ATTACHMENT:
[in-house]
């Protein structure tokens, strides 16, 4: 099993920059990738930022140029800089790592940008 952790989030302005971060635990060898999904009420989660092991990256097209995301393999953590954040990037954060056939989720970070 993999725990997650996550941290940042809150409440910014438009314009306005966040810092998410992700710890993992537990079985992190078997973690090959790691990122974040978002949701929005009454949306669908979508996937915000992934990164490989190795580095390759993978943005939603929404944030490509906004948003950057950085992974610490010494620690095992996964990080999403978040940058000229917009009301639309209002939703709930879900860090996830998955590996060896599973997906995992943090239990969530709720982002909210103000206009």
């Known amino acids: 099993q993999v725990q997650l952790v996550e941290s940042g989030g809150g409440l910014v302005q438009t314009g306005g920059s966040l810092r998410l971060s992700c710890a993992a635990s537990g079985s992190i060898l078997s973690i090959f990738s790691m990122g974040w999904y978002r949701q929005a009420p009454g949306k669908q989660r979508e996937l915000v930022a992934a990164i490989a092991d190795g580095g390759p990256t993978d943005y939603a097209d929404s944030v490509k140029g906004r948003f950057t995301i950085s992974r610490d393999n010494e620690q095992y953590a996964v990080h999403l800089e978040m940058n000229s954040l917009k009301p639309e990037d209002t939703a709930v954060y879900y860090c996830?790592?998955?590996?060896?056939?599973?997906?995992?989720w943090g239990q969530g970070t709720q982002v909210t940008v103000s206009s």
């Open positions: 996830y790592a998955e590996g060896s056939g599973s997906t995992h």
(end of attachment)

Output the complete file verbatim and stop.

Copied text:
[in-house]
């Protein structure tokens, strides 16, 4: 099993920059990738930022140029800089790592940008 952790989030302005971060635990060898999904009420989660092991990256097209995301393999953590954040990037954060056939989720970070 993999725990997650996550941290940042809150409440910014438009314009306005966040810092998410992700710890993992537990079985992190078997973690090959790691990122974040978002949701929005009454949306669908979508996937915000992934990164490989190795580095390759993978943005939603929404944030490509906004948003950057950085992974610490010494620690095992996964990080999403978040940058000229917009009301639309209002939703709930879900860090996830998955590996060896599973997906995992943090239990969530709720982002909210103000206009």
């Known amino acids: 099993q993999v725990q997650l952790v996550e941290s940042g989030g809150g409440l910014v302005q438009t314009g306005g920059s966040l810092r998410l971060s992700c710890a993992a635990s537990g079985s992190i060898l078997s973690i090959f990738s790691m990122g974040w999904y978002r949701q929005a009420p009454g949306k669908q989660r979508e996937l915000v930022a992934a990164i490989a092991d190795g580095g390759p990256t993978d943005y939603a097209d929404s944030v490509k140029g906004r948003f950057t995301i950085s992974r610490d393999n010494e620690q095992y953590a996964v990080h999403l800089e978040m940058n000229s954040l917009k009301p639309e990037d209002t939703a709930v954060y879900y860090c996830?790592?998955?590996?060896?056939?599973?997906?995992?989720w943090g239990q969530g970070t709720q982002v909210t940008v103000s206009s």
């Open positions: 996830y790592a998955e590996g060896s056939g599973s997906t995992h």